Nine Illegal Gambling Sites Blocked by Australian Authorities

  • ACMA instructed local ISPs to block sites after receiving 79 complaints
  • Operators found to be in violation of the 2001 Interactive Gambling Act
  • Australian residents advised to immediately withdraw all funds from such accounts
  • Recent order follows blocking of two other illegal gambling sites in November 2019
Laptop keys with Australian flag and the word casino superimposed
The Australian authorities have blocked access to nine illegal gambling sites and are advising platform users to withdraw all funds from their accounts. [Image: Shutterstock.com]

The latest in an ongoing crackdown

The Australian Communication and Media Authority (ACMA) has ordered regional internet service providers (ISPs) to block nine different illegal online gambling platforms. 

The nine gambling sites in question are Joe Fortune, Ignition Casino, GW Casino, Casino Dingo, Wager Beat, Top Bet, Roo Casino, AU Slots, and XBet. 

sites were found to be violating the Interactive Gambling Act of 2001

There were 79 separate complaints made to the authorities in relation to the services of these operators, which led to an investigation into each of the platforms. The nine sites were found to be violating the Interactive Gambling Act of 2001 through their operations.

The ACMA is warning individuals based in Australia with accounts on these nine sites to immediately withdraw all of their funds. 

An effective campaign to date

The ACMA has also detailed how more than 90 different illegal online gambling operators have stopped targeting people in Australia since the rules barring these unauthorized platforms came into effect in 2017. 

November 2019 saw the two first-ever illegal gambling websites to be blocked by Australian ISPs, Fair Go Casino and Emu Casino. While players can no longer gamble on these sites, they can still access their customer accounts to take out any remaining funds.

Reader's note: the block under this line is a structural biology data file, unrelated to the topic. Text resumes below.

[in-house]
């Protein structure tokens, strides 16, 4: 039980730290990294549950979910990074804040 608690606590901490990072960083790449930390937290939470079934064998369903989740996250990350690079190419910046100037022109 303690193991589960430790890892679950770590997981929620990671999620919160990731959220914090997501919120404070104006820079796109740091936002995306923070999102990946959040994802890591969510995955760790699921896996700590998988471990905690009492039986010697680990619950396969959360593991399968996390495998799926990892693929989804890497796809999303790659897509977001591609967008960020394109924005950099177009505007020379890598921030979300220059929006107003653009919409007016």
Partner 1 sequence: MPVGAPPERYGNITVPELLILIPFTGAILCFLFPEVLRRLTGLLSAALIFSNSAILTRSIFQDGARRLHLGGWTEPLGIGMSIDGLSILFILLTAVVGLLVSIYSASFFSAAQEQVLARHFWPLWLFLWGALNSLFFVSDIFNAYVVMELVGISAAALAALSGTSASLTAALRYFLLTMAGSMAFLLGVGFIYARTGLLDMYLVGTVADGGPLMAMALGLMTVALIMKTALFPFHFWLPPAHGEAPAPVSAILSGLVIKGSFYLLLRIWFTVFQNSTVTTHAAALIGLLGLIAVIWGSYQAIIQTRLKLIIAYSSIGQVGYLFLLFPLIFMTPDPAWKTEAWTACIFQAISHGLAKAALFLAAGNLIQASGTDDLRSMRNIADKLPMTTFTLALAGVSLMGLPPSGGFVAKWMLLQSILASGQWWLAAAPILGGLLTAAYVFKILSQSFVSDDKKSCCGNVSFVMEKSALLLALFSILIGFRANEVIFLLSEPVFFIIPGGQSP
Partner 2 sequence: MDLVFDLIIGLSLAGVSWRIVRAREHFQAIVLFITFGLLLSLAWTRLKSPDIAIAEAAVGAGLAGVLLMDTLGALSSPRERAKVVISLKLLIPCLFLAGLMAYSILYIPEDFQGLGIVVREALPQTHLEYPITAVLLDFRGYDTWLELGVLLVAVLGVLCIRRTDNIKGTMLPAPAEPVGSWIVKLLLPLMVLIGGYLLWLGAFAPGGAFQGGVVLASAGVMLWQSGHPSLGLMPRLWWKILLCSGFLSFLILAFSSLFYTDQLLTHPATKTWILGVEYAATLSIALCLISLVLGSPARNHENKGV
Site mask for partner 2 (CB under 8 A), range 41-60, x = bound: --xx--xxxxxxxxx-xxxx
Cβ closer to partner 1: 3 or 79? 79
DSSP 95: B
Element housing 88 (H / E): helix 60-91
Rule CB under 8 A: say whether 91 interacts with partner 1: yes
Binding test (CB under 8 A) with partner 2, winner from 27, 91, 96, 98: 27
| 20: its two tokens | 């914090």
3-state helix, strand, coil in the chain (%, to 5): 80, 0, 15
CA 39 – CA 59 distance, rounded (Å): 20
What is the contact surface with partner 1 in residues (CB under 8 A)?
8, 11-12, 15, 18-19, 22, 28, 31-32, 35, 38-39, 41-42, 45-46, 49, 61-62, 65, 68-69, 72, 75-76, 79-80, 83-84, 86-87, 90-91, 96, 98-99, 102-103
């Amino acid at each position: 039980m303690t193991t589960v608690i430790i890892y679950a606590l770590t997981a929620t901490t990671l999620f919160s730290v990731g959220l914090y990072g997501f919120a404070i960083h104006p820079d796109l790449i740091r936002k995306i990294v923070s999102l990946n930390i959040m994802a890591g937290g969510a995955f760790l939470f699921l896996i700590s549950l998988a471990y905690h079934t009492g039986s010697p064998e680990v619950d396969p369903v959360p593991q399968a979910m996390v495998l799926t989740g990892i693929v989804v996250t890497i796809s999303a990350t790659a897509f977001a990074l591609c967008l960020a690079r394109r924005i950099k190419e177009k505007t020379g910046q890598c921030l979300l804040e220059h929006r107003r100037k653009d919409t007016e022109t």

The power of ACMA

The ACMA is vested with wide-ranging powers to protect the country’s residents. These include issuing formal warnings or seeking civil penalty orders if it deems them necessary. The authority can impose restrictions such as internet access blocks thanks to section 313 of the Telecommunications Act.

According to these provisions, the Chairperson, Deputy Chairperson, or another senior executive in the ACMA needs to approve each respective ban before it goes ahead. If no signing off takes place within a certain period of time, the suspension request will then expire.

The ACMA regularly monitors that the ISPs are doing their job properly in blocking illegal gambling sites, ensuring that actions are “responsible, effective, and properly executed.”

Australia’s battle against illegal gambling

Australia has faced an ongoing battle against illegal gambling operations targeting Australian residents over the years.

government loses out on approximately AU$100m (US$69m) worth of tax revenue annually

The Communications and Arts Minister, Paul Fletcher, previously estimated that as much as AU$400m (US$276m) is gambled on illegal gambling platforms each year. This means the government loses out on approximately AU$100m (US$69m) worth of tax revenue annually. 

While the ACMA has successfully blocked offshore illegal operators, prosecuting them has proven to be close to impossible, as these are not legally present in Australia.